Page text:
I'm currently working on rewrites for two novelizations. As I got to my office this morning, I deviated from my schedule and wrote a tiny bit on one of those future ideas I'd love to do down the road. Nothing out of the ordinary. But as I spent a few moments on this, it dawned on me that I was working on one of my personal projects verses one of the collaborations. After thinking it through, I realized I felt the same way about all the projects.
This has been my season for collaborations. I'm grateful for the projects that have come my way and I hope more continue to come. I wrote Letters From War with Mark Schultz and Paper Angels with Jimmy Wayne. I'm ghostwriting a novelization of a film coming out soon, and writing the novelization of Home Run scheduled to release this fall. I am also one of seven authors on a project called 7 Hours.
Along with all of those projects that have been greenlit, I've worked on other projects that might come to fruition. We'll see.
None of these projects are ones that I view differently than my own personal novels I've worked on. Sure, the stories don't start with me, and the process is different. Especially with writing a novelization. But I've tried to put as much of me in each project that I can. I've worked as hard on every collaboration as I've worked on any of my own novels.
These collaborations are an opportunity to introduce my writing to a bigger or different audience. Paper Angels certainly proved that since many Jimmy Wayne fans became Travis Thrasher fans too. It's been fun and validating. There have been various challenges throughout the process, but it's that way for anything.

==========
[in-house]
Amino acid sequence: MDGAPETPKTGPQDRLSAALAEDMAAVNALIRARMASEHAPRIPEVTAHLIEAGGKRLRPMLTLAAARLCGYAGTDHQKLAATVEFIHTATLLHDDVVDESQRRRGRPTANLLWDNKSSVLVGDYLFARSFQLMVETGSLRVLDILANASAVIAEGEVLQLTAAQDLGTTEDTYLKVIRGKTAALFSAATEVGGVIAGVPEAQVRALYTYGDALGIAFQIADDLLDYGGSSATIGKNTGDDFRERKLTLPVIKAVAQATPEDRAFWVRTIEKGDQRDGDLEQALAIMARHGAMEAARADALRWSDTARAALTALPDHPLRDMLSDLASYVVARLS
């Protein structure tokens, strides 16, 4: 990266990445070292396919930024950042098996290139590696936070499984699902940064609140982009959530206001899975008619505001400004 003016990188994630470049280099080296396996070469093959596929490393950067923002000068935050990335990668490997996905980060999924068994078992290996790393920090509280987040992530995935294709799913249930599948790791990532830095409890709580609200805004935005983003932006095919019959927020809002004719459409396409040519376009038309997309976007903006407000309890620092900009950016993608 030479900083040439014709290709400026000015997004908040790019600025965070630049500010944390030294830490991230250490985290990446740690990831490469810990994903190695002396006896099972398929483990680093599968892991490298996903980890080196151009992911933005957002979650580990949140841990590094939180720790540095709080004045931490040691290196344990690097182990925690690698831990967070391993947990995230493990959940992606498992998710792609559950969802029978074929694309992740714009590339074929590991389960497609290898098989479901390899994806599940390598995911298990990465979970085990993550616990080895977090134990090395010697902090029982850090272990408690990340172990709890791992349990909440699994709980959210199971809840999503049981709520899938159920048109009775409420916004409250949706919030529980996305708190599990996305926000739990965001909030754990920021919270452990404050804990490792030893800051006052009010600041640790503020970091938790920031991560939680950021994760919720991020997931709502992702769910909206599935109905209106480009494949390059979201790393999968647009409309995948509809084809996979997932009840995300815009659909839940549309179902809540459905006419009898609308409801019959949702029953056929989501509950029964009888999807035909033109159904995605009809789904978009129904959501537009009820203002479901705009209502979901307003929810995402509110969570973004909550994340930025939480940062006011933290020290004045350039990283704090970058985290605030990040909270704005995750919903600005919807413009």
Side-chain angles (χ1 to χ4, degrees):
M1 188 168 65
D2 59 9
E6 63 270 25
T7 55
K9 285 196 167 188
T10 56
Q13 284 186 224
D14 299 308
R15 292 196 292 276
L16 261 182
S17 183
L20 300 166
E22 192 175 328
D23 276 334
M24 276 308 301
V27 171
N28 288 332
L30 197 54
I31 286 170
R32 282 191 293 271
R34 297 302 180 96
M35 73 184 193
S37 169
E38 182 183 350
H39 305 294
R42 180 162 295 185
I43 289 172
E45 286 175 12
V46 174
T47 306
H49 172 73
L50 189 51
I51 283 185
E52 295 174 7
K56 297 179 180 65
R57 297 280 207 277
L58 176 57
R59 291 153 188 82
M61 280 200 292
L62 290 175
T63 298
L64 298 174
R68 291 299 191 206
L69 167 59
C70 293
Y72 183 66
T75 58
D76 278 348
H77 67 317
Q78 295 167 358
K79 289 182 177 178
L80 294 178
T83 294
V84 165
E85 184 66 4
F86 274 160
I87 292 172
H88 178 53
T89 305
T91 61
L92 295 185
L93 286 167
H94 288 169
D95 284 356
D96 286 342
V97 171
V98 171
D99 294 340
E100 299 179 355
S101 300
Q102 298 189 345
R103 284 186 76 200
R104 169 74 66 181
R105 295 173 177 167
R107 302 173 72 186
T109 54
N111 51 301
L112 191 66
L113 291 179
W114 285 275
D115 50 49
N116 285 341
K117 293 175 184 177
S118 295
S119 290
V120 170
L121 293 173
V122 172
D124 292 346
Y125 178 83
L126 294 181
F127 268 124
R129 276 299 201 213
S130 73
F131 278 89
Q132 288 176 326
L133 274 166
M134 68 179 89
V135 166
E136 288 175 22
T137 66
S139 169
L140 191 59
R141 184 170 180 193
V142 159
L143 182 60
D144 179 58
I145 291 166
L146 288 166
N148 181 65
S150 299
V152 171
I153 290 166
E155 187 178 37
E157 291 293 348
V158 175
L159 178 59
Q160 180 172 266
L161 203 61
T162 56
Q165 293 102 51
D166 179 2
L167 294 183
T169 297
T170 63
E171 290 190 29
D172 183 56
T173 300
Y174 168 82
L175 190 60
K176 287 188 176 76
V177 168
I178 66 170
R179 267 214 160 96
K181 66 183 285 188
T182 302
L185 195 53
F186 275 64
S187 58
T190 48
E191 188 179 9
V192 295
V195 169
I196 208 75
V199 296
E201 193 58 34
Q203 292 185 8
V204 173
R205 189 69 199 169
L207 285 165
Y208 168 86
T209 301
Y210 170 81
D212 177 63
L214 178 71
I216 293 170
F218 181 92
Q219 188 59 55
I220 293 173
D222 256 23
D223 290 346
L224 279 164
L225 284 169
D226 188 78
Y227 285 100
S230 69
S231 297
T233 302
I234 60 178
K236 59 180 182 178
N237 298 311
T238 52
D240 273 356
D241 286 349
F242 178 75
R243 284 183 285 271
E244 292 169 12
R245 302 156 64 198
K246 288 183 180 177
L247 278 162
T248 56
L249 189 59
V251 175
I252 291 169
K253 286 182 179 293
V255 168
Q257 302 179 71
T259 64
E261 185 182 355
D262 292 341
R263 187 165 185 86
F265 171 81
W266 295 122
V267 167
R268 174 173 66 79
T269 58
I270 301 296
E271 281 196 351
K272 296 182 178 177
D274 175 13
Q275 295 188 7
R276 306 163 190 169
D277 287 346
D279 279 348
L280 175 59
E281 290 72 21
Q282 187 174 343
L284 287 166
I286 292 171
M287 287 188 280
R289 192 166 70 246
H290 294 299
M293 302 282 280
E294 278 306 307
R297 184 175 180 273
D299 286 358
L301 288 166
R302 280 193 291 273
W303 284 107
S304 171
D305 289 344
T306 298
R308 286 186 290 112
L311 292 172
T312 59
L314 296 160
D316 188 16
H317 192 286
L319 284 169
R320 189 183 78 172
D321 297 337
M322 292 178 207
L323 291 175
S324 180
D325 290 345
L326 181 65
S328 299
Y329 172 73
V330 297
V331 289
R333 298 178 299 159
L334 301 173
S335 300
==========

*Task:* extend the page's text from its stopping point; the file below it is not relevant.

So what about my own personal stories and ideas? I'm still working on them when I can. Some ideas I've shelved for the time being. Others are just waiting to be started. I continue to hone my craft while hopefully introducing myself to new readers.
As I went over several chapters of Home Run today, I found myself enjoying what I'd written, the same way I might have enjoyed something out of The Solitary Tales. Sure, the stories are dramatically different, but I'm the same writer on both of them.
Every project I work on, whether it's a collaboration or not, has this wonderful thing called potential. The potential to introduce my writing to new readers. I love all the possibilities with every story I tell and I'm very grateful every time I'm able to do it.
Labels: collaborations, future books, Home Run, Jimmy Wayne, Letters From War, Mark Schultz, Paper Angels